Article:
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Old 11-15-2012, 07:16 AM   #6
chrischris
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Quote:
Originally Posted by rtruesdell View Post
Yes, great comments and questions. I'm no PhD candidate either, and challenge to authority is one of the main tenets of science. So there's no problem there! I do have a meteorology degree/background, so I have a certain understanding of how these things work.

The solar activity described in these solar storms consists of high intensity bursts of electromagnetic radiation, but the bursts are of short duration. The sun does indeed drive the weather in the lower atmosphere (I didn't typo it this time!). But the energy flux that drives the weather takes a significant amount of time to have an effect, as it's driven by the conversion of this radiation to heat energy.

By way of example here, note that the most intense solar radiation in the Northern Hemisphere occurs on June 21, the summer solstice. That's when the sun's rays are most direct. But highest temperatures in the summer don't occur until a month or so later. There are "energy sinks", notably the oceans, which take a long time to heat up or cool down, that tend to even out the energy flux from the sun.

So the short answer about solar storms is, these high intensity but short duration events don't really provide enough additional energy to the atmosphere to significantly affect the weather as we experience it in the troposphere (lower atmosphere). It's sort of "smoothed out" over time, as the conversion from electromagnetic waves to heat energy has these buffers in the earth/ocean system.

What these "solar storms" really impact is all things electric. The sun's rays are electromagnetic radiation, and intense radiation disturbs electric fields. So things like transmissions to and from satellites, cell phones/towers, radio, and other weaker electromagnetic signals can easily be disturbed. And apparently, it can really wreak havoc with these systems when there's a super-intense solar storm, like the 1859 event.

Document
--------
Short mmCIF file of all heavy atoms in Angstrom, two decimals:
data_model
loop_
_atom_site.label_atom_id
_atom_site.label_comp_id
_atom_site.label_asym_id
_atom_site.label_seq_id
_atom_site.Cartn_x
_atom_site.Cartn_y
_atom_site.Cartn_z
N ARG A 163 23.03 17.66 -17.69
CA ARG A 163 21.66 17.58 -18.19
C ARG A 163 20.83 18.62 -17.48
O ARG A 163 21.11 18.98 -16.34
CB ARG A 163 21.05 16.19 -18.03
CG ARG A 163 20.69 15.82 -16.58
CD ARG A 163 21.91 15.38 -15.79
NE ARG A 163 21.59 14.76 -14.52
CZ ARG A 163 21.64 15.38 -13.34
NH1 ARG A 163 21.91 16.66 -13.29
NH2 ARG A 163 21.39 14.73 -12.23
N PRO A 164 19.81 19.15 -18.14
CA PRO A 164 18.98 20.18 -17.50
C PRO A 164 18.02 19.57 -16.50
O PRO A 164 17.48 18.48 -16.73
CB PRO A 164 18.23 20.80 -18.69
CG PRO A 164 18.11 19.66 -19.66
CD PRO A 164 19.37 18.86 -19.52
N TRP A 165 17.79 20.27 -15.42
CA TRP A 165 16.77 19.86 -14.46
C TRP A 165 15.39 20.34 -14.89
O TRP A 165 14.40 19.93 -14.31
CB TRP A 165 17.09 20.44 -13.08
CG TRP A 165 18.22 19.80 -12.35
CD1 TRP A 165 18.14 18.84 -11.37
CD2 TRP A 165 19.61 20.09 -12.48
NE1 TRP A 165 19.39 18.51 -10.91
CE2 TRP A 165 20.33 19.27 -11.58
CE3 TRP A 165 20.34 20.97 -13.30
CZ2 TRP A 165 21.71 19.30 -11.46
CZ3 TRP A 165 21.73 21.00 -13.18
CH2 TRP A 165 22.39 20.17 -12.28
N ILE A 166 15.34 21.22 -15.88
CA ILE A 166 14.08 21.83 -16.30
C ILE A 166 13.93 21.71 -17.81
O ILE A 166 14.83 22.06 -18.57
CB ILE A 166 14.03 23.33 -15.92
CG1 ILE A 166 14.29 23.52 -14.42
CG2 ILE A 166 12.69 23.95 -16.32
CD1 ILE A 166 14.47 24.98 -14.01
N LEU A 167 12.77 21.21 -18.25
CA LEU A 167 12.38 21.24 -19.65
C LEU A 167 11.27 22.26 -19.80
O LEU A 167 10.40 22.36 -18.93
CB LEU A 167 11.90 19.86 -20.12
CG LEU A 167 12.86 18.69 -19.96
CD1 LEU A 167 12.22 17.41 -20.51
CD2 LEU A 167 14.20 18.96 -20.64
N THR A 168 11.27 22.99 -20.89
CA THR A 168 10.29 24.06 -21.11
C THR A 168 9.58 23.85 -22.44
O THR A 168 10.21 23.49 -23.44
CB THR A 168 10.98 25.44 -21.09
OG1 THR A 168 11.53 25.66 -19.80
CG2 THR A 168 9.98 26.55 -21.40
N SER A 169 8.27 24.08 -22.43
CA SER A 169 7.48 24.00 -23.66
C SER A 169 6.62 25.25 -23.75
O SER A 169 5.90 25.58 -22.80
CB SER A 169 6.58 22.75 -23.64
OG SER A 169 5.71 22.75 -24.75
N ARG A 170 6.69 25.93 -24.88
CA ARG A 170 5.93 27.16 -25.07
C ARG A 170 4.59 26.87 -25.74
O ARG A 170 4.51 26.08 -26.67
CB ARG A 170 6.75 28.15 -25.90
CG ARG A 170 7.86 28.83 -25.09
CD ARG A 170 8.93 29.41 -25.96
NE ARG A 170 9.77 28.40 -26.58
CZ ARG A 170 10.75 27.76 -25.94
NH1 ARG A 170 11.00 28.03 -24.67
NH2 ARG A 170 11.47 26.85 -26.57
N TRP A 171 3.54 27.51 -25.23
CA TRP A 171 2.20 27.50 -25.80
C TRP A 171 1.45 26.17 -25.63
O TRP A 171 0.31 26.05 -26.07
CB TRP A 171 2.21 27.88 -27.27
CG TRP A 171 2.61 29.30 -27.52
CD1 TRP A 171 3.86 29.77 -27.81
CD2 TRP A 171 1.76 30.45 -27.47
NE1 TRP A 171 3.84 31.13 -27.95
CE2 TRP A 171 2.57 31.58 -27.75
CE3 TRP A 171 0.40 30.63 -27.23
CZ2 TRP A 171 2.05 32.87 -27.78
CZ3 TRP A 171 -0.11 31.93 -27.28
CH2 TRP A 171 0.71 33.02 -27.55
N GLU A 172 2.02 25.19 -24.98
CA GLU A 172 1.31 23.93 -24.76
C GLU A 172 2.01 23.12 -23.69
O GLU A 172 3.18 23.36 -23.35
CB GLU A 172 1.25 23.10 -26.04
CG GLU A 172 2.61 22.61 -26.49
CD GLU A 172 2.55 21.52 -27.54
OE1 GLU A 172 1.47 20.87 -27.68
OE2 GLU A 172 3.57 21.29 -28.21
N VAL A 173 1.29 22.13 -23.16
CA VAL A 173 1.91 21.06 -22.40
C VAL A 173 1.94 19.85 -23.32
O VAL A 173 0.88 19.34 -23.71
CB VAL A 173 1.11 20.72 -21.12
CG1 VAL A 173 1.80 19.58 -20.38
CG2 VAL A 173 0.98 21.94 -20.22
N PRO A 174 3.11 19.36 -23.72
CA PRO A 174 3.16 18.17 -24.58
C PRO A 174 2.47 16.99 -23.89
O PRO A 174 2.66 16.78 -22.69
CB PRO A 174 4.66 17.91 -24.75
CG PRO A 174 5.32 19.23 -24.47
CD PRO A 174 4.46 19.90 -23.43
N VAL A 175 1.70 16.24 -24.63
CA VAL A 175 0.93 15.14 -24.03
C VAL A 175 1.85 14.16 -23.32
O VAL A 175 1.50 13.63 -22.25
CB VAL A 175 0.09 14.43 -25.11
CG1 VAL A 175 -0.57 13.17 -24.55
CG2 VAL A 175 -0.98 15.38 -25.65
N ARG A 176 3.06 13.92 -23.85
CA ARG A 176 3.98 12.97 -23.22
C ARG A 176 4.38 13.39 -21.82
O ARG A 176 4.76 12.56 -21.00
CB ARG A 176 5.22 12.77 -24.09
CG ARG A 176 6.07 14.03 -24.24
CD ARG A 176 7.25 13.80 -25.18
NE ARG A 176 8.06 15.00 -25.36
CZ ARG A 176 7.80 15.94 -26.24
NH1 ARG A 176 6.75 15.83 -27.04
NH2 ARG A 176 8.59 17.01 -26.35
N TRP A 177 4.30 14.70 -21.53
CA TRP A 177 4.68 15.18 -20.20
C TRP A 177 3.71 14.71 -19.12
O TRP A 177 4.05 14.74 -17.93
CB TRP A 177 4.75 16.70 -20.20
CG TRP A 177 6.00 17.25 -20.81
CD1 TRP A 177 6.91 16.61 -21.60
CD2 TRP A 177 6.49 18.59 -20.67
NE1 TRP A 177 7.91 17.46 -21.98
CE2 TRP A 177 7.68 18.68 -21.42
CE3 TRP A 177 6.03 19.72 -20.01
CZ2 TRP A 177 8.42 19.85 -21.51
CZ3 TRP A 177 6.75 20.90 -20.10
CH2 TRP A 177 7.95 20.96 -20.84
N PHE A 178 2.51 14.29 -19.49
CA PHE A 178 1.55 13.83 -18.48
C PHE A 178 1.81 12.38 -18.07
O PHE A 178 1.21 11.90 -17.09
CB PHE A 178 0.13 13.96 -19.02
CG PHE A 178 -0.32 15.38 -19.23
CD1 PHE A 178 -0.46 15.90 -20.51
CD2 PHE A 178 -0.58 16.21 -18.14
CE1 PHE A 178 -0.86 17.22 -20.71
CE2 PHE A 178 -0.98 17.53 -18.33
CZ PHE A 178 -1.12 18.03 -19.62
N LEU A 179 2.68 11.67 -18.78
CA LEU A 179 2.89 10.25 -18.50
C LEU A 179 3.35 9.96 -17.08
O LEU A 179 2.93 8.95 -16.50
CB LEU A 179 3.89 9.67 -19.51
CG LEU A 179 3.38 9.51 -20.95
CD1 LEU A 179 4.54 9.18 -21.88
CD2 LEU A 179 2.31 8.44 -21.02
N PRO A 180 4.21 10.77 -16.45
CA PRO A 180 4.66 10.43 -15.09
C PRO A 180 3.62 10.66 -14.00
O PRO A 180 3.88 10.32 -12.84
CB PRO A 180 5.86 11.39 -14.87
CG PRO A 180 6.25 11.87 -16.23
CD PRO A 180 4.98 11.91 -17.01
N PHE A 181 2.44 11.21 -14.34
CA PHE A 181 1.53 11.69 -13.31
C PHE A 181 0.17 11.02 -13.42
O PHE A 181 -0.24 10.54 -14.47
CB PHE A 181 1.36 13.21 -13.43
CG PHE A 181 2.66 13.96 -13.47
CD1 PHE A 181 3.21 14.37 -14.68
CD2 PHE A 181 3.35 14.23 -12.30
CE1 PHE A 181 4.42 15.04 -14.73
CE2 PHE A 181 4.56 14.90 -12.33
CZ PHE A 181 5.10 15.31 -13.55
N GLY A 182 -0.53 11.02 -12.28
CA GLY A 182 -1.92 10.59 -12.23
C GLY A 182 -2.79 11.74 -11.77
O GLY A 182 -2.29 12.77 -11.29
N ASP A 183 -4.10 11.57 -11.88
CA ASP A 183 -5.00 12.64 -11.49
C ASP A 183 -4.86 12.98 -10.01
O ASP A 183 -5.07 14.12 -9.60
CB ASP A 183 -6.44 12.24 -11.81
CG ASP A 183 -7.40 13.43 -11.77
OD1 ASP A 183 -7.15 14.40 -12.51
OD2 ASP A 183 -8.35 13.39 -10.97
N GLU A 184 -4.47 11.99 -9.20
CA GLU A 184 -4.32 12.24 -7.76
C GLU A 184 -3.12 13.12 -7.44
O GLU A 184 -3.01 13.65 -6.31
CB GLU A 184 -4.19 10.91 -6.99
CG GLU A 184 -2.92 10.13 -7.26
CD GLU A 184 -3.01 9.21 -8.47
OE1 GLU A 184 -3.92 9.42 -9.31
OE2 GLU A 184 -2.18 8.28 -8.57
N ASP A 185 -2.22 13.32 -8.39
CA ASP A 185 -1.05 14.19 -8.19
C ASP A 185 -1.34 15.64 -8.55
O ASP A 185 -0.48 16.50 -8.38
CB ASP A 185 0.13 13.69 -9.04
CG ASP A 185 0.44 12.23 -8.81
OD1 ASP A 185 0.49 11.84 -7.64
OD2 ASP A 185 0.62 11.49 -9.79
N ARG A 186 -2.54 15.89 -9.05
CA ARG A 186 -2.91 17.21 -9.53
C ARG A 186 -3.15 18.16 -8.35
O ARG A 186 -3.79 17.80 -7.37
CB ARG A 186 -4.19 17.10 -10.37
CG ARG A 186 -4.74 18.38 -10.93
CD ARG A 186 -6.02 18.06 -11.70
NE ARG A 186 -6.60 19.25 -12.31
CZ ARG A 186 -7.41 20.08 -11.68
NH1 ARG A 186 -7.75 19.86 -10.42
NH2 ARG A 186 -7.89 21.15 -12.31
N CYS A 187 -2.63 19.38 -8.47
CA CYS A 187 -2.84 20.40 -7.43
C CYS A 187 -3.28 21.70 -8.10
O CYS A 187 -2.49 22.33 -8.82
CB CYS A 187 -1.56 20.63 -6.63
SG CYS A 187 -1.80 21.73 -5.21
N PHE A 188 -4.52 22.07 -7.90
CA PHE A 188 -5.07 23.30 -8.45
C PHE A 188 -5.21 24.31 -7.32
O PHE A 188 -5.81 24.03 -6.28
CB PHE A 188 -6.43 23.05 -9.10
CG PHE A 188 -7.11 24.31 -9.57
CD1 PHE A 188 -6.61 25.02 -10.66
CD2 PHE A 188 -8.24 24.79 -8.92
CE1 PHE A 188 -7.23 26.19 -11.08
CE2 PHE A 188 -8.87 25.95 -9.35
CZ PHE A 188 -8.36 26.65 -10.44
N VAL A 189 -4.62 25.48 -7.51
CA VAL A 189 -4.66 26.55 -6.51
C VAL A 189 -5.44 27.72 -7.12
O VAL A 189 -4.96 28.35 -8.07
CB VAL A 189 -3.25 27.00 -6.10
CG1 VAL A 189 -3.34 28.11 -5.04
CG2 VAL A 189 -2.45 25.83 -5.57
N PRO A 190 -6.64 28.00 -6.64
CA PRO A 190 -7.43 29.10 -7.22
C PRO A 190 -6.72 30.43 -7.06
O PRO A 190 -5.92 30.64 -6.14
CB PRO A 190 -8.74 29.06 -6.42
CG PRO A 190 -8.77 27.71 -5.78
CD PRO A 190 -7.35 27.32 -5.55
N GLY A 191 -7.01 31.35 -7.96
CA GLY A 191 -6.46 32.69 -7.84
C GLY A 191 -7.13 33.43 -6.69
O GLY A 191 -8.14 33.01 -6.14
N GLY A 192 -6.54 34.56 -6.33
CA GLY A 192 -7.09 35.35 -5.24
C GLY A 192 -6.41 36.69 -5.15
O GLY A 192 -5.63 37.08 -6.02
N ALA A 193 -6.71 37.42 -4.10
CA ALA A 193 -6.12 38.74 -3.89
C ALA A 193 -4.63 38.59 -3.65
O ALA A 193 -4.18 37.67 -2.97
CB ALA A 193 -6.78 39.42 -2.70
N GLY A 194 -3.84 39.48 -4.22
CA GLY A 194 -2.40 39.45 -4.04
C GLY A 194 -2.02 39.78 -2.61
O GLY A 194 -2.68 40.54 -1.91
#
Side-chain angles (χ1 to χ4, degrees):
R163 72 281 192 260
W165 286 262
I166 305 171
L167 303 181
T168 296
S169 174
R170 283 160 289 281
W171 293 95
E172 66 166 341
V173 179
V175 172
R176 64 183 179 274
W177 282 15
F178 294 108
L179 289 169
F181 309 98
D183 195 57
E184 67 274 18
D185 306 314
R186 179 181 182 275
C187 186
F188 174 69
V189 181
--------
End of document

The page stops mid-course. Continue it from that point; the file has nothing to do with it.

There haven't been any of these, shall we say, "super solar storms" lately. The story you quoted talked about the potential for future events to disrupt our current system, which does depend on so much electronics. So with no recent solar super-events, obviously there can be no correlation with recent weather events.

Now, if you want to talk about increasing CO2 concentrations and the resulting potential for extreme weather events (occurring as predicted years ago by computer models), that's the real angle. That's called global climate change, and that's where we should be truly concerned. My two cents.

Science is all about being curious and sceptic and challenging , as you say. that the core of the work procedure and it is what engines innovation.

We enjoy the benefits of it daily and can now predict and mitigate things thanks to it.

CO2 is the main force right now and we can control that. Thats actually good compared to the idea that increased incoming solar radiation would have been a much harder situation.
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